Back on board the First Order’s (the dark side guys that have risen in the 30 years since the Empire was defeated) ship, the young Stormtrooper decides he wants out and, as he isn’t a pilot, helps the ace fighter pilot escape. The fighter pilot refuses to run and heads back to the desert planet they just left.
On the desert planet Jakku, a young scavenger spends her time picking scrap metal from downed Star Destroyers and eking out a paltry living selling to an unscrupulous dealer for rations, forever awaiting the return of a family we get little information about. Chancing upon a droid in the wilderness, it’s not long before her path crosses with the young Stormtrooper. From here, all hell breaks loose and the soon to be heroes find themselves meeting up with some very familiar faces….
Which is all to say that this is very much a Star Wars movie in the sense of the original trilogy. Young nobodies are pulled out of obscurity, seemingly by unconnected events, to rise and become galactic heroes. In the meantime, a nefarious spiritual leader, advised by a older, creepier force, sits uncomfortably with a militaristic superpower which has, inexplicably managed to build and staff a planet sized death machine inside thirty years.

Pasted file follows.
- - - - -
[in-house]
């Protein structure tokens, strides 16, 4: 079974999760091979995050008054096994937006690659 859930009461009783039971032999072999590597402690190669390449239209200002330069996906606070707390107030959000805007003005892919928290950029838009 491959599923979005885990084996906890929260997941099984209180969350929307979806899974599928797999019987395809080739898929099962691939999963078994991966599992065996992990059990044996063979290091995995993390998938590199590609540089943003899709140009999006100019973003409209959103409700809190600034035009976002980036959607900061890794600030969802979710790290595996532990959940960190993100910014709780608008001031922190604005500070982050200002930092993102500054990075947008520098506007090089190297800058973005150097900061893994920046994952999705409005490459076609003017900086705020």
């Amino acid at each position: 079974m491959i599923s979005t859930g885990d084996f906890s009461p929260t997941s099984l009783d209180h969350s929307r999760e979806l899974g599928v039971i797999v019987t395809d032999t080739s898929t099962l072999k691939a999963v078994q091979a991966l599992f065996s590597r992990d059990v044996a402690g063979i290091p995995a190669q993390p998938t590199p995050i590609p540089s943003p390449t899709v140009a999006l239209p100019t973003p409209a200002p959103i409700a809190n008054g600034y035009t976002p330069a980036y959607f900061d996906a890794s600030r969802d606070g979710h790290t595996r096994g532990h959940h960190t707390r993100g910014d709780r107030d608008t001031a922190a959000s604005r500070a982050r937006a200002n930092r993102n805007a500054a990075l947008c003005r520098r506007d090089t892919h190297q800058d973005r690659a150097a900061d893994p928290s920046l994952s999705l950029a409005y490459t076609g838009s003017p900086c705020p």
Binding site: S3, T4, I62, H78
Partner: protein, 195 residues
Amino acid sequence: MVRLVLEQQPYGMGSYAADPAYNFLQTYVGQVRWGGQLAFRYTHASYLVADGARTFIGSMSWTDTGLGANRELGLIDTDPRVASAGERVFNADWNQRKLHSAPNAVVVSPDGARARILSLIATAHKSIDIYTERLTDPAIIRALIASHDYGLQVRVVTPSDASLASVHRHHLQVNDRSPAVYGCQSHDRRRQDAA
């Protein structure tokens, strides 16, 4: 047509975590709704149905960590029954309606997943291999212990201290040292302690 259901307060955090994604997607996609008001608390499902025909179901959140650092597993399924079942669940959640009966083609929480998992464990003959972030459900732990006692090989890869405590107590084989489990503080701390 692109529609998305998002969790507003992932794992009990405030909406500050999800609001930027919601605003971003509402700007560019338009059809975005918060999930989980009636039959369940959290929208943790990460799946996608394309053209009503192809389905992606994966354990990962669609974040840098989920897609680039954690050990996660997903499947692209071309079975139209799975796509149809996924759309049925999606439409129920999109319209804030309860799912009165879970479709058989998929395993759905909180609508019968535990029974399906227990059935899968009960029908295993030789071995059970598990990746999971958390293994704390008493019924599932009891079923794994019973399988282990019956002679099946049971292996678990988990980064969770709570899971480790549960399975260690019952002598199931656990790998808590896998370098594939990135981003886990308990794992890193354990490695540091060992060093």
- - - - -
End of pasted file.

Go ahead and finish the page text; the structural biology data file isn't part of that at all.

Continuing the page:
Of the newbies, Daisy Ridley (ironically for this series, as disturbing close to a Keira Knightly clone as you’ll get) as Rey is the clear standout. Set up as the apparent lynchpin for the remainder of the series, the 23 year old convinces easily as the independent, self sufficient scavenger and her ongoing banter with John Boyega’s Finn (who hilariously keeps attempting to ‘save’ her) is genuinely funny - though it will take some further work to convince of any real bond between the two. Boyega himself makes an interesting character out of not very much. The Stormtroopers by nature have little to offer in terms of personality having being bred for battle and nothing else but he succeeds in making a person out of Finn. Boyega manages to convince as both a wannabe rebel spy, terrified child (as you imagine a released Stormtrooper would be) and a genuine lead in the making for later in the series.